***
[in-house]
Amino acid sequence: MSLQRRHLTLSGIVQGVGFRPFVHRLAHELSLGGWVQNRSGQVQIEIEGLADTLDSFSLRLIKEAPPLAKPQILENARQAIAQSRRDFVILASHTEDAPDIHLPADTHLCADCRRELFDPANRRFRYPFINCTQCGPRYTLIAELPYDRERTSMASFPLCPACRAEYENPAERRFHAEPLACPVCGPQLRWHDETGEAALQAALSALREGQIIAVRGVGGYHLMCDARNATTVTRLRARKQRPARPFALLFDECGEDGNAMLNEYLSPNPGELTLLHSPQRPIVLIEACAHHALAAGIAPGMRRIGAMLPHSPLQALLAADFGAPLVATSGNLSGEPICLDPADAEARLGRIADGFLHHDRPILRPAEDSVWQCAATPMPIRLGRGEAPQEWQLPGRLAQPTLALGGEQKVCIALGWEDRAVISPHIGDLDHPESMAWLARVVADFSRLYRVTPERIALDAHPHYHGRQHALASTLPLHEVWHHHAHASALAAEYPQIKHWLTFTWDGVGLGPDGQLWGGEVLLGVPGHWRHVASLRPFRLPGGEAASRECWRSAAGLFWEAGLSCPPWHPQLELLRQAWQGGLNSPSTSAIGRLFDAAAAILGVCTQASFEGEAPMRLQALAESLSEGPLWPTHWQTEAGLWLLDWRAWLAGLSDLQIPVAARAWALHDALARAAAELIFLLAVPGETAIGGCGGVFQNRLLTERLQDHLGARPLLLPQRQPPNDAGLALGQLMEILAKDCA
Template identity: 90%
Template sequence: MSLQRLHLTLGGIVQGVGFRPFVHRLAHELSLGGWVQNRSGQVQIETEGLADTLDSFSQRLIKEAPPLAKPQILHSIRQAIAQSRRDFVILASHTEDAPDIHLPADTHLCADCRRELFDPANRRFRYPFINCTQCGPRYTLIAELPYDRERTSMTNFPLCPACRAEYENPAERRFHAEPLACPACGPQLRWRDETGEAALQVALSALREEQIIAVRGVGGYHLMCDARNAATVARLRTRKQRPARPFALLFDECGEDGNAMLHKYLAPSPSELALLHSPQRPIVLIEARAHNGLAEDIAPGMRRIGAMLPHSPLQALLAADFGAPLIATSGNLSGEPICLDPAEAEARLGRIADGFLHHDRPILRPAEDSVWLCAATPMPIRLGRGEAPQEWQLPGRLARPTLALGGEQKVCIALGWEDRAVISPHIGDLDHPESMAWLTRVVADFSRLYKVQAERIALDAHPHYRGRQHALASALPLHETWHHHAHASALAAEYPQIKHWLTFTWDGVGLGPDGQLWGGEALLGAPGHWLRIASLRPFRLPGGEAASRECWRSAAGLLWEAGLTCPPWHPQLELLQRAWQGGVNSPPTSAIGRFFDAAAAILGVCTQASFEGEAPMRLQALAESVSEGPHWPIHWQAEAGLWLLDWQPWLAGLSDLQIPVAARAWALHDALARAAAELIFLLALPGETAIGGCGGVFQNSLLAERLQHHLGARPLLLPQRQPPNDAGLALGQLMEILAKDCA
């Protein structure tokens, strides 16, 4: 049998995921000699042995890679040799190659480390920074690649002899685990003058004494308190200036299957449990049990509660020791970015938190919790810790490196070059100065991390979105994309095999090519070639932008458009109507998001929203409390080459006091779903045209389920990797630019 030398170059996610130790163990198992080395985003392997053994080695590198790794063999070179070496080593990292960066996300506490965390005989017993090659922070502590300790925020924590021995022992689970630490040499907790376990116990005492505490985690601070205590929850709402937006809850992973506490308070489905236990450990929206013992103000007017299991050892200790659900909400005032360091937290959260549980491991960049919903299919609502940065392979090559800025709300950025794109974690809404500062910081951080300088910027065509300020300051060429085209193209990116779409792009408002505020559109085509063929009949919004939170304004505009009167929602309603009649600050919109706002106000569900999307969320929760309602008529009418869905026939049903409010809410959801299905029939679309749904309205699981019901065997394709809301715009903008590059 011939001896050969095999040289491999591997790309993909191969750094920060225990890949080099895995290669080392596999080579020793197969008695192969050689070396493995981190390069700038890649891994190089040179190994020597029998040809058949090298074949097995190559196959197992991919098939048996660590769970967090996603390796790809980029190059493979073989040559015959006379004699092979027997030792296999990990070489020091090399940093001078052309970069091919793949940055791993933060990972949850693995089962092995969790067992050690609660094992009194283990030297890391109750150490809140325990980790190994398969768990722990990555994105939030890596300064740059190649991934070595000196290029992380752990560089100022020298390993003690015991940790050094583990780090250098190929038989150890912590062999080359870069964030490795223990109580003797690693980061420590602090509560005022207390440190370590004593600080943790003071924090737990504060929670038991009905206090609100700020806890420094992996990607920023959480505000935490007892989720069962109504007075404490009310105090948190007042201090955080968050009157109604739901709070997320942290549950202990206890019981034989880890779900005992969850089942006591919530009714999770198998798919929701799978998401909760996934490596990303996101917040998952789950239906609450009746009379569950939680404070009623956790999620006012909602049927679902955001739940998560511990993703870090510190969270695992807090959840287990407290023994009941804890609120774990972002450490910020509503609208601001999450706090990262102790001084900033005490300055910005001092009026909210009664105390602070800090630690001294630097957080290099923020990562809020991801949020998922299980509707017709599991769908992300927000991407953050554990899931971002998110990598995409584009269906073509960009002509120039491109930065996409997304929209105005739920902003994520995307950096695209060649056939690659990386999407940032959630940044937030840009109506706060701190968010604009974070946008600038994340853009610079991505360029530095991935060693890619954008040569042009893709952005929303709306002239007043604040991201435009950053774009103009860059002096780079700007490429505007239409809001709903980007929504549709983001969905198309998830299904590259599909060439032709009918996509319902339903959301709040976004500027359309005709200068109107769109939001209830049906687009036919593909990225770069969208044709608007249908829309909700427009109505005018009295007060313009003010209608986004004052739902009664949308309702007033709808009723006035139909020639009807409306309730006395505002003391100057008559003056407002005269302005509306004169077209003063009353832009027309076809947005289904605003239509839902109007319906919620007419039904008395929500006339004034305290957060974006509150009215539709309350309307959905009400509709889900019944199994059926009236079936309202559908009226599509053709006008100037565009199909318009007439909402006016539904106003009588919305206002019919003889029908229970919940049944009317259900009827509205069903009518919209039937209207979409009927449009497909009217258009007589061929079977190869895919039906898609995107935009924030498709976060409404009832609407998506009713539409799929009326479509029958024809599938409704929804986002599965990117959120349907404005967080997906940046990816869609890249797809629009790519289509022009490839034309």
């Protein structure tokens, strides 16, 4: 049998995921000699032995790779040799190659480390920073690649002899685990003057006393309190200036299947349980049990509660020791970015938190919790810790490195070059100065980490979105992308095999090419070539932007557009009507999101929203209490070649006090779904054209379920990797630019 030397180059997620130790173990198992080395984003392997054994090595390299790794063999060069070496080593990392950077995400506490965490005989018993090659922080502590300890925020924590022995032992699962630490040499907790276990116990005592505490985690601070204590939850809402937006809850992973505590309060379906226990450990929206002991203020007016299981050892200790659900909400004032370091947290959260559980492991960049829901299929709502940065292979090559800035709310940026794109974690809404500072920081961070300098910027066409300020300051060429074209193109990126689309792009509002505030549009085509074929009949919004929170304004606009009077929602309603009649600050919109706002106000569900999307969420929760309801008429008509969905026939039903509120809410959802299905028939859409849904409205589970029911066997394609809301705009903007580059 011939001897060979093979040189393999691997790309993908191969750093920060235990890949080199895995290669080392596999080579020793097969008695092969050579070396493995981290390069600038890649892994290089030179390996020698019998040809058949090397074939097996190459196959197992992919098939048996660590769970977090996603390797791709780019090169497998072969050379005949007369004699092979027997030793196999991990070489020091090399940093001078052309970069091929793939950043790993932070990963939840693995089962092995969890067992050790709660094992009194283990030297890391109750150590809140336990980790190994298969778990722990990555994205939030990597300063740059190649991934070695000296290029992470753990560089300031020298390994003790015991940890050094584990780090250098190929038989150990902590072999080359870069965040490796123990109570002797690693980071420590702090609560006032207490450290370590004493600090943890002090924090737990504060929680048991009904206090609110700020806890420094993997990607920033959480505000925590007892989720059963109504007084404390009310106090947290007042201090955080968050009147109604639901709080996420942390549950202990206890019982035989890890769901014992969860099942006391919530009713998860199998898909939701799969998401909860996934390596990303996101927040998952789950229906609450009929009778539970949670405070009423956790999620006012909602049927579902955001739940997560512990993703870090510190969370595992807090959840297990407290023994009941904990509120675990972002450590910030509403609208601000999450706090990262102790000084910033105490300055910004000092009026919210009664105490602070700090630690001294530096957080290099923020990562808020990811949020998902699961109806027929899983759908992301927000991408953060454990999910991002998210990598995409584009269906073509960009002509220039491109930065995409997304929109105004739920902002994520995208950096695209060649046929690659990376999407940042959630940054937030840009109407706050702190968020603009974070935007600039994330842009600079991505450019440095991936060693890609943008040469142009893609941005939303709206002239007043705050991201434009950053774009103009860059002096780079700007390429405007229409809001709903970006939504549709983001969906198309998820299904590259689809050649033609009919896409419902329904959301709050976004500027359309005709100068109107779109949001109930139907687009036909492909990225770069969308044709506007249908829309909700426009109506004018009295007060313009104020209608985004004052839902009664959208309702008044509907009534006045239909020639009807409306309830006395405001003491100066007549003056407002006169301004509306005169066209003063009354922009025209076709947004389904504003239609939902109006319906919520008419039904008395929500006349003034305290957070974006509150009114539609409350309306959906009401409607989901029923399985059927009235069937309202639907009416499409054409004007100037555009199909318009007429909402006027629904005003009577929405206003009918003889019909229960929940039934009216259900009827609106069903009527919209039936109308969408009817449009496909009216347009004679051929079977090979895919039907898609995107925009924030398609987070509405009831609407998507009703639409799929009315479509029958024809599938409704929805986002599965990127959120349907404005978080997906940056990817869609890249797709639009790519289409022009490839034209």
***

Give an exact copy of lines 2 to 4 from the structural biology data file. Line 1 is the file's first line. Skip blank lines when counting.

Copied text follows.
Amino acid sequence: MSLQRRHLTLSGIVQGVGFRPFVHRLAHELSLGGWVQNRSGQVQIEIEGLADTLDSFSLRLIKEAPPLAKPQILENARQAIAQSRRDFVILASHTEDAPDIHLPADTHLCADCRRELFDPANRRFRYPFINCTQCGPRYTLIAELPYDRERTSMASFPLCPACRAEYENPAERRFHAEPLACPVCGPQLRWHDETGEAALQAALSALREGQIIAVRGVGGYHLMCDARNATTVTRLRARKQRPARPFALLFDECGEDGNAMLNEYLSPNPGELTLLHSPQRPIVLIEACAHHALAAGIAPGMRRIGAMLPHSPLQALLAADFGAPLVATSGNLSGEPICLDPADAEARLGRIADGFLHHDRPILRPAEDSVWQCAATPMPIRLGRGEAPQEWQLPGRLAQPTLALGGEQKVCIALGWEDRAVISPHIGDLDHPESMAWLARVVADFSRLYRVTPERIALDAHPHYHGRQHALASTLPLHEVWHHHAHASALAAEYPQIKHWLTFTWDGVGLGPDGQLWGGEVLLGVPGHWRHVASLRPFRLPGGEAASRECWRSAAGLFWEAGLSCPPWHPQLELLRQAWQGGLNSPSTSAIGRLFDAAAAILGVCTQASFEGEAPMRLQALAESLSEGPLWPTHWQTEAGLWLLDWRAWLAGLSDLQIPVAARAWALHDALARAAAELIFLLAVPGETAIGGCGGVFQNRLLTERLQDHLGARPLLLPQRQPPNDAGLALGQLMEILAKDCA
Template identity: 90%
Template sequence: MSLQRLHLTLGGIVQGVGFRPFVHRLAHELSLGGWVQNRSGQVQIETEGLADTLDSFSQRLIKEAPPLAKPQILHSIRQAIAQSRRDFVILASHTEDAPDIHLPADTHLCADCRRELFDPANRRFRYPFINCTQCGPRYTLIAELPYDRERTSMTNFPLCPACRAEYENPAERRFHAEPLACPACGPQLRWRDETGEAALQVALSALREEQIIAVRGVGGYHLMCDARNAATVARLRTRKQRPARPFALLFDECGEDGNAMLHKYLAPSPSELALLHSPQRPIVLIEARAHNGLAEDIAPGMRRIGAMLPHSPLQALLAADFGAPLIATSGNLSGEPICLDPAEAEARLGRIADGFLHHDRPILRPAEDSVWLCAATPMPIRLGRGEAPQEWQLPGRLARPTLALGGEQKVCIALGWEDRAVISPHIGDLDHPESMAWLTRVVADFSRLYKVQAERIALDAHPHYRGRQHALASALPLHETWHHHAHASALAAEYPQIKHWLTFTWDGVGLGPDGQLWGGEALLGAPGHWLRIASLRPFRLPGGEAASRECWRSAAGLLWEAGLTCPPWHPQLELLQRAWQGGVNSPPTSAIGRFFDAAAAILGVCTQASFEGEAPMRLQALAESVSEGPHWPIHWQAEAGLWLLDWQPWLAGLSDLQIPVAARAWALHDALARAAAELIFLLALPGETAIGGCGGVFQNSLLAERLQHHLGARPLLLPQRQPPNDAGLALGQLMEILAKDCA